The US-Colombia agreement generated lots of
controversy, especially among leftists, who denounced the arrangement as 'US bases' and an example of US imperialism. Venezuelan Pres. Hugo Chavez suggested that the US and Colombia would spy on his country and were even preparing to invade Venezuela.
Yesterday, Colombia's high court ruled that the agreement was invalid because it had not been approved by Colombia's Congress. That appears unlikely to happen, unless Colombian Pres. Juan Manuel Santos is willing to rile up the Venezuelan government.
What's the lesson in this? First of all, the US doesn't look like much of an imperialistic power - not when tiny nations like Panama and Ecuador have evicted US soldiers without firing a shot.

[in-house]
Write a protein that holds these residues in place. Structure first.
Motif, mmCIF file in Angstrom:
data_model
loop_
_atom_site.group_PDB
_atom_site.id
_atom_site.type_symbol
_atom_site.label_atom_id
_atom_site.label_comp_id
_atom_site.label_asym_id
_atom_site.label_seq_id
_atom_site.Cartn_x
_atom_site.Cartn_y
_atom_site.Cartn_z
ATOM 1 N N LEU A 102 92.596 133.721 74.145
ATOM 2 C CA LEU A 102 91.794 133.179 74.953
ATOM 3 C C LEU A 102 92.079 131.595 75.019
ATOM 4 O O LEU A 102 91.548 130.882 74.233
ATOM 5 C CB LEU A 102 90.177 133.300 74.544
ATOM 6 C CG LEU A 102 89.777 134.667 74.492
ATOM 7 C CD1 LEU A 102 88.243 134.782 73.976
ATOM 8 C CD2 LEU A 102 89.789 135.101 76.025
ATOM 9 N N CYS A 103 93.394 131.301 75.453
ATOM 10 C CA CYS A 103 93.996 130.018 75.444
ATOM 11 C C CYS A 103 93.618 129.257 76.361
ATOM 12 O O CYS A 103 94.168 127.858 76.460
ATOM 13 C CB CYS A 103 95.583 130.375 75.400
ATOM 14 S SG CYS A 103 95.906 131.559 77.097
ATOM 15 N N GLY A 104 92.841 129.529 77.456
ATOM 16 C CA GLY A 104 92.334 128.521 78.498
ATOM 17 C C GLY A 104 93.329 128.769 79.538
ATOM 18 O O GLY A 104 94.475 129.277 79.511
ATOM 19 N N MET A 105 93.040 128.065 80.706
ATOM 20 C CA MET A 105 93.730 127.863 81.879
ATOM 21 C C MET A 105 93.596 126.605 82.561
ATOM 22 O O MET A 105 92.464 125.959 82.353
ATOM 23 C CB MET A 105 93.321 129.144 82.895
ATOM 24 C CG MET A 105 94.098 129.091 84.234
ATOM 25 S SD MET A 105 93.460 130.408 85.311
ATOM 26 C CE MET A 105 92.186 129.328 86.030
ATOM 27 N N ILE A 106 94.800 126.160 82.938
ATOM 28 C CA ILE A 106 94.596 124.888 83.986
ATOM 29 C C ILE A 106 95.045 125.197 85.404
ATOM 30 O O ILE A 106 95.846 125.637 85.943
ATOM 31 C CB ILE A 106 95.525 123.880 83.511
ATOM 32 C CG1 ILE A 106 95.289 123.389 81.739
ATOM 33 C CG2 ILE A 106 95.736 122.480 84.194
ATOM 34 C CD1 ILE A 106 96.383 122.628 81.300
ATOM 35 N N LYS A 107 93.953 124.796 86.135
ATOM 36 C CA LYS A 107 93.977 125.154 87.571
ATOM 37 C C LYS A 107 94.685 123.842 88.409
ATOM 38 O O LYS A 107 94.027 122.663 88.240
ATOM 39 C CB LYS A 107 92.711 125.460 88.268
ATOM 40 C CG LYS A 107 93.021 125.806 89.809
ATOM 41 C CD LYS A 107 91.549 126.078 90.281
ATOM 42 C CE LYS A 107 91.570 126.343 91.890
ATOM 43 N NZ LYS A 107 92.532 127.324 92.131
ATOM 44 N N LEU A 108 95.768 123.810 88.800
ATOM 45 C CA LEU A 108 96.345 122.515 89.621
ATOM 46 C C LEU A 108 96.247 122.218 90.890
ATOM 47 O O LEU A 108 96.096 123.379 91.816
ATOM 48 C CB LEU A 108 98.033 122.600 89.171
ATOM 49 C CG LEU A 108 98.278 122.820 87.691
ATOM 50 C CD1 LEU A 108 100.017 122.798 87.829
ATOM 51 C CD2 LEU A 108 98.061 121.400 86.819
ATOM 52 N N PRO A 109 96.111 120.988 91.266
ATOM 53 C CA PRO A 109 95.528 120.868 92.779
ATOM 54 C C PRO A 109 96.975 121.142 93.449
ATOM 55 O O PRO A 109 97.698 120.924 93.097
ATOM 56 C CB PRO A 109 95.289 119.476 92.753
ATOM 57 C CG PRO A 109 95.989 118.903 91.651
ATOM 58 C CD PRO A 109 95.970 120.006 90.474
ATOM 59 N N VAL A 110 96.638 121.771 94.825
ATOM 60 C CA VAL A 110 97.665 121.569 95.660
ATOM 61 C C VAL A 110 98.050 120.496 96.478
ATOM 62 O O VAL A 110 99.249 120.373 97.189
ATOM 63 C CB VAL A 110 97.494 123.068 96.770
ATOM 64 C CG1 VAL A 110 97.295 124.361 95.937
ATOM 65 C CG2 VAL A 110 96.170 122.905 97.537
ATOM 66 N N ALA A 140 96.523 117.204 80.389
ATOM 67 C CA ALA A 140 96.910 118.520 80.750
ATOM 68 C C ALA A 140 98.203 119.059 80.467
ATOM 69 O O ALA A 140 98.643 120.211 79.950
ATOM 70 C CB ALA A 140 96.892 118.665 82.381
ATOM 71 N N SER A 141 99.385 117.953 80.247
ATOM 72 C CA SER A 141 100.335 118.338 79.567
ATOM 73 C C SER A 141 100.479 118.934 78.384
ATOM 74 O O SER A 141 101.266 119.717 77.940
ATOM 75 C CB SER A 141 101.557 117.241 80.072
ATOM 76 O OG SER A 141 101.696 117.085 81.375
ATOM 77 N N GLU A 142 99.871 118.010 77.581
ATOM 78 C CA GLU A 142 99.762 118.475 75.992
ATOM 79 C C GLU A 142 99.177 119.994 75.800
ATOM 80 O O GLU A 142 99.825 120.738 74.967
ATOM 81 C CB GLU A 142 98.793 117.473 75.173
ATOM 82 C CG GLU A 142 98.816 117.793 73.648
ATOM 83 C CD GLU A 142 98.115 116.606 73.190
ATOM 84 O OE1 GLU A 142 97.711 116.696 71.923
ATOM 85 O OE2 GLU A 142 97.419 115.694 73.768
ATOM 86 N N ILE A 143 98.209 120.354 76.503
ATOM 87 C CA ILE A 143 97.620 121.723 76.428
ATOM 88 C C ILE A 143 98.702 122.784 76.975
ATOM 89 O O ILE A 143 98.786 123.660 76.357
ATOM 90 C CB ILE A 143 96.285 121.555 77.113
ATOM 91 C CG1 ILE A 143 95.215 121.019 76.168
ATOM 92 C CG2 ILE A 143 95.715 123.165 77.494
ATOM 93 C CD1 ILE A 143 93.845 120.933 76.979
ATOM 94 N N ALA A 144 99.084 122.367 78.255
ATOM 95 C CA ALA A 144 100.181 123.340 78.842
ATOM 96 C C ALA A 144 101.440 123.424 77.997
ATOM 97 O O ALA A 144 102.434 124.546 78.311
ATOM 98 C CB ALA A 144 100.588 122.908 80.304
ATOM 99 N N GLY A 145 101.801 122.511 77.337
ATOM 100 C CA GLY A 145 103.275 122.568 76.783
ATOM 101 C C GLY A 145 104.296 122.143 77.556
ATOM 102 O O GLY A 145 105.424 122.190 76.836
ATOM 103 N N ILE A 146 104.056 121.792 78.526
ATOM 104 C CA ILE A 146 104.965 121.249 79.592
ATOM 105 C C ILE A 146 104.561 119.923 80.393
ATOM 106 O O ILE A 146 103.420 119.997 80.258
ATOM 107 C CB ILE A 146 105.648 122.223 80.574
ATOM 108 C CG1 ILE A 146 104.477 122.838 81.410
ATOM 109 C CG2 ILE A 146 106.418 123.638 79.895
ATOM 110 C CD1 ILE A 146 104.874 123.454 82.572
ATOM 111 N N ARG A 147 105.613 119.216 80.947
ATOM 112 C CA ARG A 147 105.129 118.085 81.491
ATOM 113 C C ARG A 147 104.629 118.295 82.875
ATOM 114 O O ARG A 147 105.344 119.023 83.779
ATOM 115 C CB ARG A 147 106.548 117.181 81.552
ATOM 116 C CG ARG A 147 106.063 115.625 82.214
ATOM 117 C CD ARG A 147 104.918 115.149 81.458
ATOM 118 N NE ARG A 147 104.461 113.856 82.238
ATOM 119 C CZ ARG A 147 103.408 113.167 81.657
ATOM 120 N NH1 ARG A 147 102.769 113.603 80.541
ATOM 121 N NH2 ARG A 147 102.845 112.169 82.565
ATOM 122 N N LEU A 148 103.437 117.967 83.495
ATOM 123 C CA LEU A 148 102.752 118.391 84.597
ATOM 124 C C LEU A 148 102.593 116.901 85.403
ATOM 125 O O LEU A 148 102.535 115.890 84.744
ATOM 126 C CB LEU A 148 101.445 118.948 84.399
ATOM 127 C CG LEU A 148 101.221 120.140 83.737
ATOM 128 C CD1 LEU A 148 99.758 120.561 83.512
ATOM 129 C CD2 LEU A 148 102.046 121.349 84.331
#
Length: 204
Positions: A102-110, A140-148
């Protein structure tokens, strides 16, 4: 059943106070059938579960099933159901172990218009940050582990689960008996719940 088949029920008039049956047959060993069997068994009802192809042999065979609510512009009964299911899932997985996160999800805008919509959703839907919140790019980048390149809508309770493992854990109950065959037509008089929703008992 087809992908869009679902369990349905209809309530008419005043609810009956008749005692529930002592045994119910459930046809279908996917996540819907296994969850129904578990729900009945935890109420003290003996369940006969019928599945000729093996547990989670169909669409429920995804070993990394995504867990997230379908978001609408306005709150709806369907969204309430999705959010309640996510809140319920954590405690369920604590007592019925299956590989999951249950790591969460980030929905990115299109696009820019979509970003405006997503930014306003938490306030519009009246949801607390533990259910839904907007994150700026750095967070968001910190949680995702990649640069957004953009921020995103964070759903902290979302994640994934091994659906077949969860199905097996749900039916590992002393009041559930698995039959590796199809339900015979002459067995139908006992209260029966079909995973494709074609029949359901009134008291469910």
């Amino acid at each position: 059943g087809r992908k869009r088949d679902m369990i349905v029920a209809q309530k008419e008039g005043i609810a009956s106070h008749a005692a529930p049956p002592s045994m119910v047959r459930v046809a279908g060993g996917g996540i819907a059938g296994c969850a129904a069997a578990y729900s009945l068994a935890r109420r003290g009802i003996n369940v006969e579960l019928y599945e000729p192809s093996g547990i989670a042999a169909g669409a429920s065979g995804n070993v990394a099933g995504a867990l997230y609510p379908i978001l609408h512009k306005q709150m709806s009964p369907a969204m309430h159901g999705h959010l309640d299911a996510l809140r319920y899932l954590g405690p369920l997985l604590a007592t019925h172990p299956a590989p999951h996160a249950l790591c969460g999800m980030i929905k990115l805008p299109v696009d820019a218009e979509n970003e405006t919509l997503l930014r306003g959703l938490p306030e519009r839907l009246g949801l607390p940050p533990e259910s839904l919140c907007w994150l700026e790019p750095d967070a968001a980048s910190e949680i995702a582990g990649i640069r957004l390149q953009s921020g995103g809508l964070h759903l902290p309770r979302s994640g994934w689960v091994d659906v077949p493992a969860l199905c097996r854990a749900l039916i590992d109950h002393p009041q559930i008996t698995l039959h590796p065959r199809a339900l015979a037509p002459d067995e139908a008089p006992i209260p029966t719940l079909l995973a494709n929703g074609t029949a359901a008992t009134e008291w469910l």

And the decision shows once again that Colombia is a democracy with an independent court system - with a backbone.
At the same time, the US should find a lesson in this: Its war on drugs is unpopular in Latin America, where it is widely seen as an imposition. What's more, despite billions of dollars spent and many thousands of deaths, the war has produced little progress against the drug trade.
Perhaps a change of strategy is in order.
This blog written by Mike Ceaser, of Bogotá Bike Tours.